• 70% of the UK land is Agriculture, and held by 0.28% of the population.
• 20% of the land is Waste (including mountains, rivers).
• 5% of the land is Business, and
• 5% is Domestic which houses 90% of the population.
The topic of a ’space to live’ is an important one, and it was something that came up often during my research of Quaker Capitalism. Against the flow of building trends, business practice, distribution of finance and economic guidelines, a number of Quaker communities decided to buck the trend. Within a short space of time during the Industrial Revolution, they presented to the country a different way of doing business. From employee services to health care, from social responsibility to community development, they put in practice an ethical and holistic model of living. This was over century before the emergence of the political funding buzz word of ‘social enterprise’ that we have today.
With our benefit of hindsight, it is easy to critique some of their practices. Suggesting maybe a less paternal approach, something that might have prevented the problems they ran into in later years. Specifically, the disempowerment of individuals and sustainability of services. But within all these faults, their impact radically, and positively, transformed business practice and living standards for many people within inner city life.
One of their radical models was around housing. Within a trend of uniform, terraced and ill-equipped accommodation, they developed an anarchic approach to architecture. In partnership with artists, they developed housing that carried individuality alongside living conditions that valued the people who were going to reside within the buildings.They recognised that what you designed spoke a lot about your own priorities and how you valued your fellow human being. Approach to space, living standards, profit first or humanity first. All these aspects, and more, revealed the secrets of the human heart.
It was a gamble that didn’t make financial sense in many ways. Increased costing, increased construction times, increased land allocation for each living space. But, within all the uncertainty there was a realisation that housing and engagement with land was a contributing element towards the fulfilment of life.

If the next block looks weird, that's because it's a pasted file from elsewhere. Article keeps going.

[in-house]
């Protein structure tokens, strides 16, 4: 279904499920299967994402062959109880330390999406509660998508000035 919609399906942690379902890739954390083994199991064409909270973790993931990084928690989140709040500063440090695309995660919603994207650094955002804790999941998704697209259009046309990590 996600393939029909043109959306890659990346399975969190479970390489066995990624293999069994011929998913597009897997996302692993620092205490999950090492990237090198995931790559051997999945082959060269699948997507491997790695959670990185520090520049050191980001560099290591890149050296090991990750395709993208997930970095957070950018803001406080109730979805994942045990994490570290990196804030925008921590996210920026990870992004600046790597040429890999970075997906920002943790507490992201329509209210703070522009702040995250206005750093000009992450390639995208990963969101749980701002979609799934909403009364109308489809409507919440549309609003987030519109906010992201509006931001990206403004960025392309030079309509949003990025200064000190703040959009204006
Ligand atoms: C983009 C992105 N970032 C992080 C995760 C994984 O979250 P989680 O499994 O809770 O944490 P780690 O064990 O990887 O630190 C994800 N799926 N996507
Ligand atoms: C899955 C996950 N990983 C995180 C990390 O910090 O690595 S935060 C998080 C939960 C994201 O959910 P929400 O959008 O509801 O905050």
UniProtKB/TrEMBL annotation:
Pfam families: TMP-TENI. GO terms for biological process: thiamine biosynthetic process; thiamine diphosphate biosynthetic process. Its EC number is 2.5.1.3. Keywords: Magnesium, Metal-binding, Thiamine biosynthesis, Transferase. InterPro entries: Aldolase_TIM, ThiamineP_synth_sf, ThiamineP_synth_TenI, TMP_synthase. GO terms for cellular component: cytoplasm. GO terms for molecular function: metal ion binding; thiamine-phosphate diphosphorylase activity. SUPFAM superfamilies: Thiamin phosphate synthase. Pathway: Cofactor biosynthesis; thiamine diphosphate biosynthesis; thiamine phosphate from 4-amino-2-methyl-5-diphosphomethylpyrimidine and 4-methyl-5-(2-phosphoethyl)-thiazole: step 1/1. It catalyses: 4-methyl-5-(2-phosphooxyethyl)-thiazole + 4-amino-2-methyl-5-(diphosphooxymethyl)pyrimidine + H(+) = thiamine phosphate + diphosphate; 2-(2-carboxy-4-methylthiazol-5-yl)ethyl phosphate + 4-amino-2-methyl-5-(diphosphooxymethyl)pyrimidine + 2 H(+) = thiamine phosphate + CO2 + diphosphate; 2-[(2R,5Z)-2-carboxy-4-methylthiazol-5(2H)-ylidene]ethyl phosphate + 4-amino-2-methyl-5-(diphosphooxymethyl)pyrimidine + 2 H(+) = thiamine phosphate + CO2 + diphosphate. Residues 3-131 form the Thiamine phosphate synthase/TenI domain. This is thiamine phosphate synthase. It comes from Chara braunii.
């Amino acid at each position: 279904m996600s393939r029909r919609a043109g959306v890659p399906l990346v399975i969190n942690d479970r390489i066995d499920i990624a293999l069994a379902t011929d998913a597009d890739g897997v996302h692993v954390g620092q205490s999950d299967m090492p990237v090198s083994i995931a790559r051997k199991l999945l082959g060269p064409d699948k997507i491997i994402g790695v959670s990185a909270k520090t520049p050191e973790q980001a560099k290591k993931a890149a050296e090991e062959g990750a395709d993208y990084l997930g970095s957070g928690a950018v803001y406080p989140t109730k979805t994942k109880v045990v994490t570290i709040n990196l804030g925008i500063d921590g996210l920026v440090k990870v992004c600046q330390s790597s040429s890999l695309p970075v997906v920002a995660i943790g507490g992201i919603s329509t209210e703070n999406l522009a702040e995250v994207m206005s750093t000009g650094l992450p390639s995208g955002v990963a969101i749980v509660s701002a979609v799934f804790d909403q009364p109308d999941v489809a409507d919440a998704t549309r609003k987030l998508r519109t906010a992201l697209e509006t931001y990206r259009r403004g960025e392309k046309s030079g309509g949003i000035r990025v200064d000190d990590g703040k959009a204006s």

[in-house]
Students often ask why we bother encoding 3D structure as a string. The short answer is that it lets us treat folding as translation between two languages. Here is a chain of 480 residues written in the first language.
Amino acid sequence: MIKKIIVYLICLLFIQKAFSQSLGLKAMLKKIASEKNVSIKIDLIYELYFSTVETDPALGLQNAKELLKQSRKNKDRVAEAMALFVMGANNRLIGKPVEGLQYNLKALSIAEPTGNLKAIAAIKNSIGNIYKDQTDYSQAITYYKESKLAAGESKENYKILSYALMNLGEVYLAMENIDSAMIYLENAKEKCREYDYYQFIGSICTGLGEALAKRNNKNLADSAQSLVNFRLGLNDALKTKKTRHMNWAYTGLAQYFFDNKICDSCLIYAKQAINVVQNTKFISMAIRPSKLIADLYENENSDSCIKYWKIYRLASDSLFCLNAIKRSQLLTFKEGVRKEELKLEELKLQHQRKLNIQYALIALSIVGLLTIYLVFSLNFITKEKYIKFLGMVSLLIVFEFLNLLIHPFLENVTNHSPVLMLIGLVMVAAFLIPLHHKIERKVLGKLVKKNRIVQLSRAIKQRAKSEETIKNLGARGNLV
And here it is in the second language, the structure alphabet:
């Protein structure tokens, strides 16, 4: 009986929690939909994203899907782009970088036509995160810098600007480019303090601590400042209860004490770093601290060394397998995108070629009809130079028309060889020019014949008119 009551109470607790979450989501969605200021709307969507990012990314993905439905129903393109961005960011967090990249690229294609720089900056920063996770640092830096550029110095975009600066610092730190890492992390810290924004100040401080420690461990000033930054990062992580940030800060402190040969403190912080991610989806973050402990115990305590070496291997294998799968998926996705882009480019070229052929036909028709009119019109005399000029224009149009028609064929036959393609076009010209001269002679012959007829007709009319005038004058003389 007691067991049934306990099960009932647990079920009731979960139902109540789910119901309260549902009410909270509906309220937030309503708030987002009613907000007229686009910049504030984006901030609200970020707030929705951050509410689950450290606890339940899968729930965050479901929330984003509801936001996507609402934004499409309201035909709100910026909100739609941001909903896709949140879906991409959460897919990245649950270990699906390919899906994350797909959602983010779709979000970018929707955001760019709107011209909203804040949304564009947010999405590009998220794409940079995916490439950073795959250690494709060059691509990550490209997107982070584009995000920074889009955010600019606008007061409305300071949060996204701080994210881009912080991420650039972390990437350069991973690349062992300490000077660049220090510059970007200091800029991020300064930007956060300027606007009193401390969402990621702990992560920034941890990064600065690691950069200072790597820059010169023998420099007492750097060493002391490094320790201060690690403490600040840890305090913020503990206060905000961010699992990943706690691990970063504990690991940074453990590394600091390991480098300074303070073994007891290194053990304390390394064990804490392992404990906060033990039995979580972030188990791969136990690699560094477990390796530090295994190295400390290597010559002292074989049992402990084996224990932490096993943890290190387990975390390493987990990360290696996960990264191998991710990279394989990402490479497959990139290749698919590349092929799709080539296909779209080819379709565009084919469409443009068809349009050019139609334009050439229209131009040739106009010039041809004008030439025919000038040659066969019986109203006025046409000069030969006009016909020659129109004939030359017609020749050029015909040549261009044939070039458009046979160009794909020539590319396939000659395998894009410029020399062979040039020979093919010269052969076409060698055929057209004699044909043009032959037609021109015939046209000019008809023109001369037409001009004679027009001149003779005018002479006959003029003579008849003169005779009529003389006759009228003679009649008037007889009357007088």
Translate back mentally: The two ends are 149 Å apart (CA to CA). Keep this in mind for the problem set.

Their experiments and models paid off. Within a generation they proved to local and national government that a different approach to housing could effect the health, education and work ethics of individuals. The flip side, their proof and later abdication of responsibility to government structures, eventually led to a profit first approach and ideology that missed the driving force of those experiments.
One driving force was the lifestyle guidelines that those Quaker communities fashioned during a time of persecution and opposition after the English Civil War. Finding themselves with limited options to survive within the economic system of the day, they developed alternative structures. An underground movement that imagined a new way of living. They articulated their hopes and dreams into practical examples, that gathered pace over time. And as persecution lessened as the years passed by, they emerged into the open with an alternative economy that was built upon an ethical framework of prophetic imagination and compassion for one another. All of this encased within an environment of honesty. A culture where truth and vulnerability reigned over spin and self interest.
Sadly, that bedrock soon disappeared as success led to governmental adoption. Finance requirements, vested interests and political goals replaced some of the key aspects of that alternative movement. But, its legacy remains today with some of our garden cities and employee services.
It is this legacy that leads me back to the article about housing.
“ The average floor space for a dwelling in the UK as a whole is currently 85 sq metres, whilst new-builds average only 76 sq metres – putting Britain at the bottom of a league table of 15 countries including Ireland, Portugal and Italy. “
“… the Home Builders Federation said market forces, most particularly the price of land, dictated the cost and size of new homes. “
Something needs to change - and that change needs an alternative language to the one we currently use. Imagination framed around terminology of a system that benefits just a select few will only prove to be a glass ceiling. Something that gives an illusion of change, yet continually prevents us from really stretching towards something new.
Alternatives are needed. Alternatives are present now. Yet to speak of them and to act them out, then challengingly, they demand an imagination that doesn’t make sense to our current ways of doing things.
Exciting opportunities? Fearful opportunities? Unwanted opportunities?
The eyes of creation are upon us for our next move.
A recent episode of BBC Panorama highlighted another dimension of the housing debate.